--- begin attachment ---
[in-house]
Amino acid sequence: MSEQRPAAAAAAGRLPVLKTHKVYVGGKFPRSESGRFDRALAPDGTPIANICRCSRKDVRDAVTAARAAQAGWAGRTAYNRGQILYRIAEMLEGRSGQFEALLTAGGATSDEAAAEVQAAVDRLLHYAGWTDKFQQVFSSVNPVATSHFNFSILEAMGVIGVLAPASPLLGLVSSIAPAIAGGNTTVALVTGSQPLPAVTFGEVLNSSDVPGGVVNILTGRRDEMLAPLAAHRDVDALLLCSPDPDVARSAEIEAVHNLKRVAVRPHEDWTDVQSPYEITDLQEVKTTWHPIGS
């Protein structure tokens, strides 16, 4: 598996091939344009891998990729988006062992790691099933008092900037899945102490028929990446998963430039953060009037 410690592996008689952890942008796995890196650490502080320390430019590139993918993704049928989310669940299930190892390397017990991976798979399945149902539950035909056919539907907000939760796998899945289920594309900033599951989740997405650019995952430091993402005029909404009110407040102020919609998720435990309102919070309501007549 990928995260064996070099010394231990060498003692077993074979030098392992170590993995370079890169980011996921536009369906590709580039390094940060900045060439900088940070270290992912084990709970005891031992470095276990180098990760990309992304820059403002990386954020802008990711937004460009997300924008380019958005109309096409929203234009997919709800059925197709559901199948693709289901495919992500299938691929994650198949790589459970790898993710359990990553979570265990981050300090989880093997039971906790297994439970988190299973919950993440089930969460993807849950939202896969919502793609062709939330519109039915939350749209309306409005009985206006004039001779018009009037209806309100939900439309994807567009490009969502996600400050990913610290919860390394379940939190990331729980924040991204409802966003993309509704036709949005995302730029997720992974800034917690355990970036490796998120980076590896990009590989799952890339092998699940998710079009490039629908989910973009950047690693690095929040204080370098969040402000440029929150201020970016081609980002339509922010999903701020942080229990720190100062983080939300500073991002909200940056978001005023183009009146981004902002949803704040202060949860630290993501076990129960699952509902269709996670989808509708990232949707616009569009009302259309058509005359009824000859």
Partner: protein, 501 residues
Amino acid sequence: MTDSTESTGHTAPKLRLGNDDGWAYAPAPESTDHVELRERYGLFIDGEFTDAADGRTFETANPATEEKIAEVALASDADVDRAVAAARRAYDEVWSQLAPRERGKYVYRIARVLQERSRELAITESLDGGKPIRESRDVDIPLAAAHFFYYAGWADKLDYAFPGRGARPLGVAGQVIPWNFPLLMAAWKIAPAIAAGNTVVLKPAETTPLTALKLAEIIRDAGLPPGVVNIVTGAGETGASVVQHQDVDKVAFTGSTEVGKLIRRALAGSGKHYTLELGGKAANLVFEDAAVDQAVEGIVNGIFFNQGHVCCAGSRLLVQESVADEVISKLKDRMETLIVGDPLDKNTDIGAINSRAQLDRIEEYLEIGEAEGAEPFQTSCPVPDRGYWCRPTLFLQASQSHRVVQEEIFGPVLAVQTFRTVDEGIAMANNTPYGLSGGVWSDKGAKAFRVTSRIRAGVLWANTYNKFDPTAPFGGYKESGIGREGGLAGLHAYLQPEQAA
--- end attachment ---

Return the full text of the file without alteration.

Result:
[in-house]
Amino acid sequence: MSEQRPAAAAAAGRLPVLKTHKVYVGGKFPRSESGRFDRALAPDGTPIANICRCSRKDVRDAVTAARAAQAGWAGRTAYNRGQILYRIAEMLEGRSGQFEALLTAGGATSDEAAAEVQAAVDRLLHYAGWTDKFQQVFSSVNPVATSHFNFSILEAMGVIGVLAPASPLLGLVSSIAPAIAGGNTTVALVTGSQPLPAVTFGEVLNSSDVPGGVVNILTGRRDEMLAPLAAHRDVDALLLCSPDPDVARSAEIEAVHNLKRVAVRPHEDWTDVQSPYEITDLQEVKTTWHPIGS
């Protein structure tokens, strides 16, 4: 598996091939344009891998990729988006062992790691099933008092900037899945102490028929990446998963430039953060009037 410690592996008689952890942008796995890196650490502080320390430019590139993918993704049928989310669940299930190892390397017990991976798979399945149902539950035909056919539907907000939760796998899945289920594309900033599951989740997405650019995952430091993402005029909404009110407040102020919609998720435990309102919070309501007549 990928995260064996070099010394231990060498003692077993074979030098392992170590993995370079890169980011996921536009369906590709580039390094940060900045060439900088940070270290992912084990709970005891031992470095276990180098990760990309992304820059403002990386954020802008990711937004460009997300924008380019958005109309096409929203234009997919709800059925197709559901199948693709289901495919992500299938691929994650198949790589459970790898993710359990990553979570265990981050300090989880093997039971906790297994439970988190299973919950993440089930969460993807849950939202896969919502793609062709939330519109039915939350749209309306409005009985206006004039001779018009009037209806309100939900439309994807567009490009969502996600400050990913610290919860390394379940939190990331729980924040991204409802966003993309509704036709949005995302730029997720992974800034917690355990970036490796998120980076590896990009590989799952890339092998699940998710079009490039629908989910973009950047690693690095929040204080370098969040402000440029929150201020970016081609980002339509922010999903701020942080229990720190100062983080939300500073991002909200940056978001005023183009009146981004902002949803704040202060949860630290993501076990129960699952509902269709996670989808509708990232949707616009569009009302259309058509005359009824000859």
Partner: protein, 501 residues
Amino acid sequence: MTDSTESTGHTAPKLRLGNDDGWAYAPAPESTDHVELRERYGLFIDGEFTDAADGRTFETANPATEEKIAEVALASDADVDRAVAAARRAYDEVWSQLAPRERGKYVYRIARVLQERSRELAITESLDGGKPIRESRDVDIPLAAAHFFYYAGWADKLDYAFPGRGARPLGVAGQVIPWNFPLLMAAWKIAPAIAAGNTVVLKPAETTPLTALKLAEIIRDAGLPPGVVNIVTGAGETGASVVQHQDVDKVAFTGSTEVGKLIRRALAGSGKHYTLELGGKAANLVFEDAAVDQAVEGIVNGIFFNQGHVCCAGSRLLVQESVADEVISKLKDRMETLIVGDPLDKNTDIGAINSRAQLDRIEEYLEIGEAEGAEPFQTSCPVPDRGYWCRPTLFLQASQSHRVVQEEIFGPVLAVQTFRTVDEGIAMANNTPYGLSGGVWSDKGAKAFRVTSRIRAGVLWANTYNKFDPTAPFGGYKESGIGREGGLAGLHAYLQPEQAA